One in eight people in Australia, including one in six children are living in poverty, a new report released on the eve of Anti-Poverty Week has found, as cost of living pressures continue to put households under strain. As many as 13.4 per cent of the population (or 3.3 million people) and 16.6 per cent of children (or 761,000 kids) were living below the poverty line in the first year of the pandemic (2019-20), according to the Poverty In Australia 2022 report by the Australian Council of Social Service and UNSW Sydney, using the latest available data from the ABS. The study also revealed people in poverty are falling further behind the rest of society, with their average weekly incomes dropping to $304 below the poverty line. The report found that temporary income supports introduced during COVID lockdowns in 2020 – the Coronavirus Supplement and Economic Support Payment - pulled 646,000 people, including 245,000 children, above the poverty line. Those new supports almost doubled…


Percentage of people receiving JobKeeper and COVID Supplements by household income groups

This figure shows shows how COVID income support payments were distributed among households ranked by income in 2020. JobKeeper Payment mainly lifted the incomes of middle income-households at risk of losing their jobs, and Coronavirus Supplement lifted the incomes of low-income households on income support payments. Towards the end of the recession in September 2020: * Around three quarters (76%) of JobKeeper Payments went to the middle 60%; * A similar proportion of the Coronavirus Supplement (70%) went to the lowest 40%. * The highest 20% received just 19% of the value of JobKeeper Payment and 6% of that of Coronavirus Supplement.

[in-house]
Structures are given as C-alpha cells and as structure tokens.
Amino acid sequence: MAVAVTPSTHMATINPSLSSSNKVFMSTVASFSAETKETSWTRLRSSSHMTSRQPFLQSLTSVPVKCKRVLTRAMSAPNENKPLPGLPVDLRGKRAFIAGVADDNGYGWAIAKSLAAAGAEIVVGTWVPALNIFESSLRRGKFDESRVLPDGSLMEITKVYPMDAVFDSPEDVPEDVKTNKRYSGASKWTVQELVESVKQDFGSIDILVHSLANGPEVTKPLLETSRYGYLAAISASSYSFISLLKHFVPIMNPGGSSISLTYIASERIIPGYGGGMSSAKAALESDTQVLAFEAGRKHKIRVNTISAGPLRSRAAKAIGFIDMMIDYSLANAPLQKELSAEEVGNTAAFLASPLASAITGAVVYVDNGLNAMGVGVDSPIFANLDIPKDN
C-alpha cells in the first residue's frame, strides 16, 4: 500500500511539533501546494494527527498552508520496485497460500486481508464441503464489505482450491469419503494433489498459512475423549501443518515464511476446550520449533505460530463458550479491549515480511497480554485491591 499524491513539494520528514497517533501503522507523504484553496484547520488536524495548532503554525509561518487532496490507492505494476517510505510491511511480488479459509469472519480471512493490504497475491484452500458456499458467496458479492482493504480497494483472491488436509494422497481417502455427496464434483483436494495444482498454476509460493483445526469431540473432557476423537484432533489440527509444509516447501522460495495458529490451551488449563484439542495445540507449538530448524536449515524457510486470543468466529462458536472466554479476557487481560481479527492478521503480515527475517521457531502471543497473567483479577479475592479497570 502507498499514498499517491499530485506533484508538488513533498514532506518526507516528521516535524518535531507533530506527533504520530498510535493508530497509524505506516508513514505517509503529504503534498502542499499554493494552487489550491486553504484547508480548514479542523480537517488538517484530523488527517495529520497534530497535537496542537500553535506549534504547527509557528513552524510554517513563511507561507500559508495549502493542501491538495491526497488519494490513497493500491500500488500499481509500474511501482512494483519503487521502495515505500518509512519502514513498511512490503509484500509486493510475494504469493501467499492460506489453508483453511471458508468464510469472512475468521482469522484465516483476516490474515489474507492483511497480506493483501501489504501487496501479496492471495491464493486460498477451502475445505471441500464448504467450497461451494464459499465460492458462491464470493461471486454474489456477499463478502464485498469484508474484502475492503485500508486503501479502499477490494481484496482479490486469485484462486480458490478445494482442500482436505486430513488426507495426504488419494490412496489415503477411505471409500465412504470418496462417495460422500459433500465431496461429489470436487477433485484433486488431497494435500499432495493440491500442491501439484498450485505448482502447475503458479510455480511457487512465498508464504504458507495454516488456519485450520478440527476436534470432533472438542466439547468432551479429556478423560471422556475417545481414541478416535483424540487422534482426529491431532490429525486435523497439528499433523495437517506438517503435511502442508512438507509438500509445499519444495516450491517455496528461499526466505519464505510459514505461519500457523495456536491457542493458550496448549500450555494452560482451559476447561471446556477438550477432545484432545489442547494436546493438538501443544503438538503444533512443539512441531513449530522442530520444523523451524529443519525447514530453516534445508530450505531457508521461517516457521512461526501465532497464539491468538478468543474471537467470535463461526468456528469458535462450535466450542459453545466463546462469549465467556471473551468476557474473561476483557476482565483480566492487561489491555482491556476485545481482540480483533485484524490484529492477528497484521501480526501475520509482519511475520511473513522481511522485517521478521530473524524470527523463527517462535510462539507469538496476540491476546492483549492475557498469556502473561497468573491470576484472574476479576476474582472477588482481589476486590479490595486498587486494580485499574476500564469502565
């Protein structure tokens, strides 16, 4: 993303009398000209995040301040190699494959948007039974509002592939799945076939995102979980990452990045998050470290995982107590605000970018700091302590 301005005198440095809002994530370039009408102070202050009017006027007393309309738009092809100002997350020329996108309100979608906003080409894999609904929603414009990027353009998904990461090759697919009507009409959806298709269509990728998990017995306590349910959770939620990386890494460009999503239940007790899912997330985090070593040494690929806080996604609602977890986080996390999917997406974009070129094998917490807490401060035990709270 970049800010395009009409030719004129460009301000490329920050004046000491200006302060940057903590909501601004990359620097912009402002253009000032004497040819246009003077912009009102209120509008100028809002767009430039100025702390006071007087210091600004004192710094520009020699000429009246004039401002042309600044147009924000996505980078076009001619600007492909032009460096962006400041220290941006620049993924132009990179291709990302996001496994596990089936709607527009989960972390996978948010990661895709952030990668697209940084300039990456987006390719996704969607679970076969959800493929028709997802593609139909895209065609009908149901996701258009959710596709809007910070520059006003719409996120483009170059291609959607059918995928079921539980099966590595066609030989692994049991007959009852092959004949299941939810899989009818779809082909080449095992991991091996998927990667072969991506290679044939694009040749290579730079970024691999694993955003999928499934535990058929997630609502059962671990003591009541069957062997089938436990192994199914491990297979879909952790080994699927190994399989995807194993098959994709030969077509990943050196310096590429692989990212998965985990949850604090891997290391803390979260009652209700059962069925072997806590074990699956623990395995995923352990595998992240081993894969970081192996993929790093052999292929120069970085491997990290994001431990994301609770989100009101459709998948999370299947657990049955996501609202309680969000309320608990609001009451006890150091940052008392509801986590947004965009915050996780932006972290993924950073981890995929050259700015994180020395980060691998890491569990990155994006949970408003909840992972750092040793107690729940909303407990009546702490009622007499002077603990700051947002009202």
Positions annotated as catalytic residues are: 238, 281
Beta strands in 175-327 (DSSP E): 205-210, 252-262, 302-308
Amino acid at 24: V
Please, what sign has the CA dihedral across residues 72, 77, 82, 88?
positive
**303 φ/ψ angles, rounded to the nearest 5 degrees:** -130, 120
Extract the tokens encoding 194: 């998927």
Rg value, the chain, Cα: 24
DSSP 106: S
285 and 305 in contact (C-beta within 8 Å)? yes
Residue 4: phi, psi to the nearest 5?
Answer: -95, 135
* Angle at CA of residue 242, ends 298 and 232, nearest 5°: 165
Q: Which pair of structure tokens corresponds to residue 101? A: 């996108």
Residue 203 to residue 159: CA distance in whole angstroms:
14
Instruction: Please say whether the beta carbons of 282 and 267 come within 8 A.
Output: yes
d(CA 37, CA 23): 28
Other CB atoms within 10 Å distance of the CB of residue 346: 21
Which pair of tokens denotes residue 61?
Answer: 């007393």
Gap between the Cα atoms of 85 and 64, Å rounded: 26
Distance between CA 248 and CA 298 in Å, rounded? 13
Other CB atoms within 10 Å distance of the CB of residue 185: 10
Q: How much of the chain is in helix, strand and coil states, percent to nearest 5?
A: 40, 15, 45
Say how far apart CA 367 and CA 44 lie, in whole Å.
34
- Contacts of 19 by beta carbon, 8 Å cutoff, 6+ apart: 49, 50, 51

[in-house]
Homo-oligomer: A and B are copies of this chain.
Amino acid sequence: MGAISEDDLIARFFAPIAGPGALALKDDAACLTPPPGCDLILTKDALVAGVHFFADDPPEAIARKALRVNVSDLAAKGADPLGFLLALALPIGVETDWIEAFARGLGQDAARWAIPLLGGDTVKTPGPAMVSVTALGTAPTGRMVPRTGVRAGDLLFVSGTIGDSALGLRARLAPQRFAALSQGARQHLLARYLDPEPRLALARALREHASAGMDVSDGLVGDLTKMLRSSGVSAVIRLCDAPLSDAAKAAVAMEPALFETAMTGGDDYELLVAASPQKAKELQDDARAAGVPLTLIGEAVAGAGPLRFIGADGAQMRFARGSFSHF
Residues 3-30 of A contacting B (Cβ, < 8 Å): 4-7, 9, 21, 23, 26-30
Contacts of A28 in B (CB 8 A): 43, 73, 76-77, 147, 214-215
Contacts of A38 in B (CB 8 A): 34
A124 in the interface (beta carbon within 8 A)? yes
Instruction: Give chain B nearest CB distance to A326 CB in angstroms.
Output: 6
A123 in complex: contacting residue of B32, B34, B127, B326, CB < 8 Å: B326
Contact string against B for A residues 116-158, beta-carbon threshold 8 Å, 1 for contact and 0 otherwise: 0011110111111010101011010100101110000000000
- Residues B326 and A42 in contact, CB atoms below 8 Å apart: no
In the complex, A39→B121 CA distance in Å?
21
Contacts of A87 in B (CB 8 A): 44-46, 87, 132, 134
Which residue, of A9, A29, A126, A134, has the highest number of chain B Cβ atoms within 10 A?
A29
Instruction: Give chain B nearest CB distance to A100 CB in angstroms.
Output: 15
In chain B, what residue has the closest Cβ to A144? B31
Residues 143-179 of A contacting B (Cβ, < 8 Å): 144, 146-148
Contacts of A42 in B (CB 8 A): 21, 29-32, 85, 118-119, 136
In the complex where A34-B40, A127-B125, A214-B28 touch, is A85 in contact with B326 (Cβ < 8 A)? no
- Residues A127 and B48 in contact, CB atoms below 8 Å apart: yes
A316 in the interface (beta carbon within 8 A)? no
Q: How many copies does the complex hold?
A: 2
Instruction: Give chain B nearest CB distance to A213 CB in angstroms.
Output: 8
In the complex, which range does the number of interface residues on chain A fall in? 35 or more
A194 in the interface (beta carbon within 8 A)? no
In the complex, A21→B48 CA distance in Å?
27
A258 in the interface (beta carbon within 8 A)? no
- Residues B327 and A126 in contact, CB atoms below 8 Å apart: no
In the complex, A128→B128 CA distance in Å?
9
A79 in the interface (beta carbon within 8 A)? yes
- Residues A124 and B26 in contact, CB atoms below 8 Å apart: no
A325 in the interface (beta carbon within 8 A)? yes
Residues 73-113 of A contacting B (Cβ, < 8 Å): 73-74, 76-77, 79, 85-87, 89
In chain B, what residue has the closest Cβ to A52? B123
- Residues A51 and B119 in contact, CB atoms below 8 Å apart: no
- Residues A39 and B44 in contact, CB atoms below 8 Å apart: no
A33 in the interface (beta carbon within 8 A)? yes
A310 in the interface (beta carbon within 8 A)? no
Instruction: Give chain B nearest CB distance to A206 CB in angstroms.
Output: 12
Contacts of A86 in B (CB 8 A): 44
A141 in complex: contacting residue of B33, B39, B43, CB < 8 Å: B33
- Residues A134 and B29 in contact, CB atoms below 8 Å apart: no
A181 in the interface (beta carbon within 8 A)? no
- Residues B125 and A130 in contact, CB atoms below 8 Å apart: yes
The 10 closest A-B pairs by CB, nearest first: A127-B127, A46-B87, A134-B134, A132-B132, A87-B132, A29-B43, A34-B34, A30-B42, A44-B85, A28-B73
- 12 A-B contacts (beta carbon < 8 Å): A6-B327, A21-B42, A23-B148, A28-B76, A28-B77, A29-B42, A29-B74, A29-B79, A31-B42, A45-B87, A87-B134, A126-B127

Internet searches for food assistance from October 2019 to September 2021

This graph shows trends in internet searches for food relief from before the COVID recession in October 2019 to September 2021: It shows similar peaks in searches for food relief at the start of the national lockdown in March 2020 and those in Sydney, Melbourne and Canberra in August 2021, which were experiencing lockdowns at the time. Significantly, demand fell between March and July 2020 as COVID income supports were introduced, and gradually rose through 2021 after they were removed.